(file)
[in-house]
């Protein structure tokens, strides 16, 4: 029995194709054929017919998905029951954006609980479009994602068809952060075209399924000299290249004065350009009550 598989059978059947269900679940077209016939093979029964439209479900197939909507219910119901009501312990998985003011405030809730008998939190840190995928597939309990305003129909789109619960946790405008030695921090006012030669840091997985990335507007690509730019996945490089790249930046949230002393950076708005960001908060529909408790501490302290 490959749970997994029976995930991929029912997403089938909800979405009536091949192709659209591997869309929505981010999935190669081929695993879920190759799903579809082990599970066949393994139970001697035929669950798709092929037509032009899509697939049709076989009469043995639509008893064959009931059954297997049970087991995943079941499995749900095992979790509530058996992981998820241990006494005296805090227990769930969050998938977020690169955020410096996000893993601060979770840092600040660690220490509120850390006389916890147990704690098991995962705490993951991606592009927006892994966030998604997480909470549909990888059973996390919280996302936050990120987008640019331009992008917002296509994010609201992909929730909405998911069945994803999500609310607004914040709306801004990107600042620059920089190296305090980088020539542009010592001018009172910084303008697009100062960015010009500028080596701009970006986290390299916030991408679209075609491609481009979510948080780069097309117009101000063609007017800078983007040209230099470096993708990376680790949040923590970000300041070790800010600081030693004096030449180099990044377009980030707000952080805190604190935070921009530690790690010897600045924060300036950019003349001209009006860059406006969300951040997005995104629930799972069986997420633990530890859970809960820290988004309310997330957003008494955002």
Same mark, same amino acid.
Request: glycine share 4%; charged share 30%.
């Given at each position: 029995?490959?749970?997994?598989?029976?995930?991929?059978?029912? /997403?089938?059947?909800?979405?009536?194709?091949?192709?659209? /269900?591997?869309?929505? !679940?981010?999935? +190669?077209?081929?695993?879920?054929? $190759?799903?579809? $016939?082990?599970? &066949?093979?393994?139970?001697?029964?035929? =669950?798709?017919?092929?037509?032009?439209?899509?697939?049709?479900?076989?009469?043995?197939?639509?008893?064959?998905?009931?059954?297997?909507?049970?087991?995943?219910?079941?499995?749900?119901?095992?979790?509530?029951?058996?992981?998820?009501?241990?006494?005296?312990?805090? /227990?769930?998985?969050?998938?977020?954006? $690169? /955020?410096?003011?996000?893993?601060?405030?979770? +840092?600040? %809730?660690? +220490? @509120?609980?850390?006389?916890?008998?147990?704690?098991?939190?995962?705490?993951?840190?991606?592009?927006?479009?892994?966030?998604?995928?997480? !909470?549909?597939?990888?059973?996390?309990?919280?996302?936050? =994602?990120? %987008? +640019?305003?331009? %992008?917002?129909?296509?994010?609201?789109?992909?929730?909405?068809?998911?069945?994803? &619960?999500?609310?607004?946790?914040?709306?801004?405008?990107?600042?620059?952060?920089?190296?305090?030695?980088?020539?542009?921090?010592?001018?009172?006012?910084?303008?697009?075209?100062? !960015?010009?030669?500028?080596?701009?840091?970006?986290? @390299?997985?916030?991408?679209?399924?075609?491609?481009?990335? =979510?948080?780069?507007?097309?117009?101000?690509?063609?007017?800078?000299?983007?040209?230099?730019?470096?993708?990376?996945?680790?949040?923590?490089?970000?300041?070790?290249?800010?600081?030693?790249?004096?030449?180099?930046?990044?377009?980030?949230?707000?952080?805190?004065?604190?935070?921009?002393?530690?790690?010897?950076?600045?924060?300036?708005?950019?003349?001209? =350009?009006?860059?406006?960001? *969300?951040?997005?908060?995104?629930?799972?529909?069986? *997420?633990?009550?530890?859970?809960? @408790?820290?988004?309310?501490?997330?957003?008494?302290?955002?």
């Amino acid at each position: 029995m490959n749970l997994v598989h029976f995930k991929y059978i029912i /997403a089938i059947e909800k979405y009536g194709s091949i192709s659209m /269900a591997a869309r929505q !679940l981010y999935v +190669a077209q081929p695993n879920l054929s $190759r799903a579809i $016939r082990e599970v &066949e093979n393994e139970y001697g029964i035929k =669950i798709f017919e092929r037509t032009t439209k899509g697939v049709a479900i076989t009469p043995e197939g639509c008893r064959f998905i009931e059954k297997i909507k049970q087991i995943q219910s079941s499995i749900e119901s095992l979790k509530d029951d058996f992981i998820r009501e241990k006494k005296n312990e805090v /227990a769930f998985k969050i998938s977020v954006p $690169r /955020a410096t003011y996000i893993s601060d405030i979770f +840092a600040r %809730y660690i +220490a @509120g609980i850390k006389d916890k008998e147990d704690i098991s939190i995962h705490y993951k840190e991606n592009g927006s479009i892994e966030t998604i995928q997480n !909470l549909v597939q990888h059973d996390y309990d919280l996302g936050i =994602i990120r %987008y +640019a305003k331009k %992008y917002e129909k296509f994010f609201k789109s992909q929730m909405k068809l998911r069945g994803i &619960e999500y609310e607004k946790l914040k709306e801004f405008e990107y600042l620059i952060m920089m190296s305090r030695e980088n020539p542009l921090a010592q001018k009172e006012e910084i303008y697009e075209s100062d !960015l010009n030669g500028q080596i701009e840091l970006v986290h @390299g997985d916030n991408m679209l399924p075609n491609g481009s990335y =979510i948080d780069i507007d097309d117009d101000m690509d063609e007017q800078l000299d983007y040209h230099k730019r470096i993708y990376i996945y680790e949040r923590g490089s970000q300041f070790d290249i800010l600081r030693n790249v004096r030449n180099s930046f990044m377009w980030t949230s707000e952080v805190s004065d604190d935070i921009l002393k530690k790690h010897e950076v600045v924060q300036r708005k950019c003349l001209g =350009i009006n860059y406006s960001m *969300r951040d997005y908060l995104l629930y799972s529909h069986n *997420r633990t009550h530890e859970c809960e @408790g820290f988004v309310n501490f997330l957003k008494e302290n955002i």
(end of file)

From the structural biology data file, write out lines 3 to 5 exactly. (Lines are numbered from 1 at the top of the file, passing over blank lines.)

Same mark, same amino acid.
Request: glycine share 4%; charged share 30%.
């Given at each position: 029995?490959?749970?997994?598989?029976?995930?991929?059978?029912? /997403?089938?059947?909800?979405?009536?194709?091949?192709?659209? /269900?591997?869309?929505? !679940?981010?999935? +190669?077209?081929?695993?879920?054929? $190759?799903?579809? $016939?082990?599970? &066949?093979?393994?139970?001697?029964?035929? =669950?798709?017919?092929?037509?032009?439209?899509?697939?049709?479900?076989?009469?043995?197939?639509?008893?064959?998905?009931?059954?297997?909507?049970?087991?995943?219910?079941?499995?749900?119901?095992?979790?509530?029951?058996?992981?998820?009501?241990?006494?005296?312990?805090? /227990?769930?998985?969050?998938?977020?954006? $690169? /955020?410096?003011?996000?893993?601060?405030?979770? +840092?600040? %809730?660690? +220490? @509120?609980?850390?006389?916890?008998?147990?704690?098991?939190?995962?705490?993951?840190?991606?592009?927006?479009?892994?966030?998604?995928?997480? !909470?549909?597939?990888?059973?996390?309990?919280?996302?936050? =994602?990120? %987008? +640019?305003?331009? %992008?917002?129909?296509?994010?609201?789109?992909?929730?909405?068809?998911?069945?994803? &619960?999500?609310?607004?946790?914040?709306?801004?405008?990107?600042?620059?952060?920089?190296?305090?030695?980088?020539?542009?921090?010592?001018?009172?006012?910084?303008?697009?075209?100062? !960015?010009?030669?500028?080596?701009?840091?970006?986290? @390299?997985?916030?991408?679209?399924?075609?491609?481009?990335? =979510?948080?780069?507007?097309?117009?101000?690509?063609?007017?800078?000299?983007?040209?230099?730019?470096?993708?990376?996945?680790?949040?923590?490089?970000?300041?070790?290249?800010?600081?030693?790249?004096?030449?180099?930046?990044?377009?980030?949230?707000?952080?805190?004065?604190?935070?921009?002393?530690?790690?010897?950076?600045?924060?300036?708005?950019?003349?001209? =350009?009006?860059?406006?960001? *969300?951040?997005?908060?995104?629930?799972?529909?069986? *997420?633990?009550?530890?859970?809960? @408790?820290?988004?309310?501490?997330?957003?008494?302290?955002?």